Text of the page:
Meg Hall DocentMeg Hall

Before moving to Montgomery in 1996, Meg, who has a master’s degree in social work, lived in Wisconsin and in Auburn, working with children, disabled persons, and the elderly. She also earned a second-degree black belt in karate. In Montgomery, she worked in the Golf Shop at Wynlakes Country Club. Just as she was leaving her employment there, she heard about the docent program from Alice Novak’s friend Foad, a massage therapist at Mind and Body Holistic Spa in Cloverdale. Meg’s favorite part of the docent program is the people. She loves working with children, and helping with Artworks and studio activities.

Evelyn Jackson docent
Evelyn Jackson

Evelyn has operated several small businesses centered on flowers and plants. Now she is a Spanish language interpreter and translator. She says that she needed – and found – a new direction in her life when a friend recommended the docent program to her. Not surprisingly for someone with a degree in English literature, she believes that art is evocative of the range of human experience, and she finds herself looking at art in verbal terms.

Nam Kim docentNam Jung Kim

With a master’s degree in business administration, Nam spent 20 years in marketing. When she and her family moved to Montgomery, she visited the Museum and found it to be a “peaceful and comfortable” place. She called Alice, offering to do marketing work for the Museum and was persuaded to become a docent, which, she said, has turned out to be a wonderful way of getting to know Americans and being part of a community.

 

 

Wanica Means docentWanica Means

After living in San Francisco during her working life (which included being a model), Wanica moved to Montgomery to be near family and to be in a place where the cost of living was reasonable.   She reinvented herself by starting an etiquette consulting firm and, along with active docent Phyllis Hall, formed a women’s social club – “Fit and Fun and Fifty Plus.” When Phyllis suggested that she become a docent, Wanica responded, “Free art history class every week? Count me in!” Like Nam, she has found a sense of community in the docent program.

Nicki Rupe 2-docent smallNicki Rupe

Before coming to Alabama, Nicki spent most of her years in California, where she served as the executive secretary to CEOs of biotech companies and to Senator Dianne Feinstein. Here in Montgomery, she has re-launched a business, begun in California, as a professional organizer and home stager. She has always considered playing a role in an art museum, perhaps because she understands that she, like an artist with a blank canvas, “has a passion to create something beautiful from what seems like mayhem.” She believes that the docent program has given her a more discerning eye to appreciate the masterpieces that grace walls of the Museum and she is grateful that the MMFA reaches out to the community to share its treasures.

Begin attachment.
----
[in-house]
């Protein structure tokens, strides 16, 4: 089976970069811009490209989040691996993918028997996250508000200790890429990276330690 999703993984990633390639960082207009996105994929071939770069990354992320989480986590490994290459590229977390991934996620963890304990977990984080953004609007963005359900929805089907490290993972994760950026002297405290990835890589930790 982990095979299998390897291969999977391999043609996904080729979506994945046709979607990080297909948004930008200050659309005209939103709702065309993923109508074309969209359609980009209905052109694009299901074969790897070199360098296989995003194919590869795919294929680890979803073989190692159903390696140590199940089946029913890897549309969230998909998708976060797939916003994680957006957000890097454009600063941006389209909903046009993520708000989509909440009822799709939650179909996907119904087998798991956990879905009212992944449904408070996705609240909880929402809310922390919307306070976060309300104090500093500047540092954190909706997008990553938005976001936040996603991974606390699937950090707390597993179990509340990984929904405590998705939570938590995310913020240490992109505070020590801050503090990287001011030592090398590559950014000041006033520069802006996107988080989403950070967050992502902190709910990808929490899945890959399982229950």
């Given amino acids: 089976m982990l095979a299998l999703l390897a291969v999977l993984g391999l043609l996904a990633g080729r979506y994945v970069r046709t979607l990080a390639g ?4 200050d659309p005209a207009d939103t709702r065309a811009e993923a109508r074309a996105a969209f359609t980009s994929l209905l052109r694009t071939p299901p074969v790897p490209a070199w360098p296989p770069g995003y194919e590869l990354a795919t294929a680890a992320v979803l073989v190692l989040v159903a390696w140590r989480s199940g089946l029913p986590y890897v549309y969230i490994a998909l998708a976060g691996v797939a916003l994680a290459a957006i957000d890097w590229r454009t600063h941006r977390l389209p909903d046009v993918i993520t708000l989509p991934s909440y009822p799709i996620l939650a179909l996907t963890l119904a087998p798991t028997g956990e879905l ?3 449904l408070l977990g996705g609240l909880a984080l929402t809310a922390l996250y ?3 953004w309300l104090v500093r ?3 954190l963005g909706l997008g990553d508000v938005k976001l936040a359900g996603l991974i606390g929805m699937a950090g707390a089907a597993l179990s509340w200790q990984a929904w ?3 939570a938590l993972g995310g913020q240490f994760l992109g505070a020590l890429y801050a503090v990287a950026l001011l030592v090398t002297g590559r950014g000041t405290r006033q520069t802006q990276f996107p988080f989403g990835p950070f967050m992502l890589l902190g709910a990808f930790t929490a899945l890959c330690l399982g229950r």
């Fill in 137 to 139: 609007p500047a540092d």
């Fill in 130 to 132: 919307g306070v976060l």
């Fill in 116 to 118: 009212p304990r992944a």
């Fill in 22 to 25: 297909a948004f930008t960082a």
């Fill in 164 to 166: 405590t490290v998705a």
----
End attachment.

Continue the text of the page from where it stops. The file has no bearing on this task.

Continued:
Marilyn Simpson docentMarilyn Simpson

Marilyn spent 42 years in higher education in California, Virginia, and Alabama. When she left the Alabama Cooperative Extension Service in 2001, she resolved to start on her bucket list, part of which was to become a museum docent. During her travels, she had visited many museums and had found them to be lovely, well-maintained places filled with beautiful things. She decided that her retirement years were going to be surrounded by beauty and the docent program has helped her accomplish that goal. She says, “What could be better than a year filled with a free education in art and beauty?

Gretchen Sippial docentGretchen Sippial

Alice’s friend Foad at Mind and Body Holistic Spa recruited Gretchen’s husband to be a docent, and, when her husband indicated that he was not interested, Gretchen jumped at the chance. (Sounds like Foad should be an honorary docent!). Despite having an undergraduate degree in art, she was not inspired, she says, by her own work and decided to pursue other careers – in management, construction, and higher education. Now, however, she has come full circle and is inspired by the art she is learning about here at the MMFA.

 

Carroll Thompson docentCarroll Thompson 

Carroll was born and raised in Memphis and is a graduate of Rhodes College (formerly Southwestern at Memphis), where she majored in fiber arts. Her three lifelong interests have been theater, dance, and art. She has taught ballet and loves doing art projects with children. She came to the docent program through her friend, active docent Carol Tew. Carroll loves “art history Mondays” and enjoys being part of the docent community at the MMFA .

Congratulations to all the members of the MMFA’s 2015-16 docent class and we warmly welcome them to our active membership.

Mary Lil Owens
New Docent Representative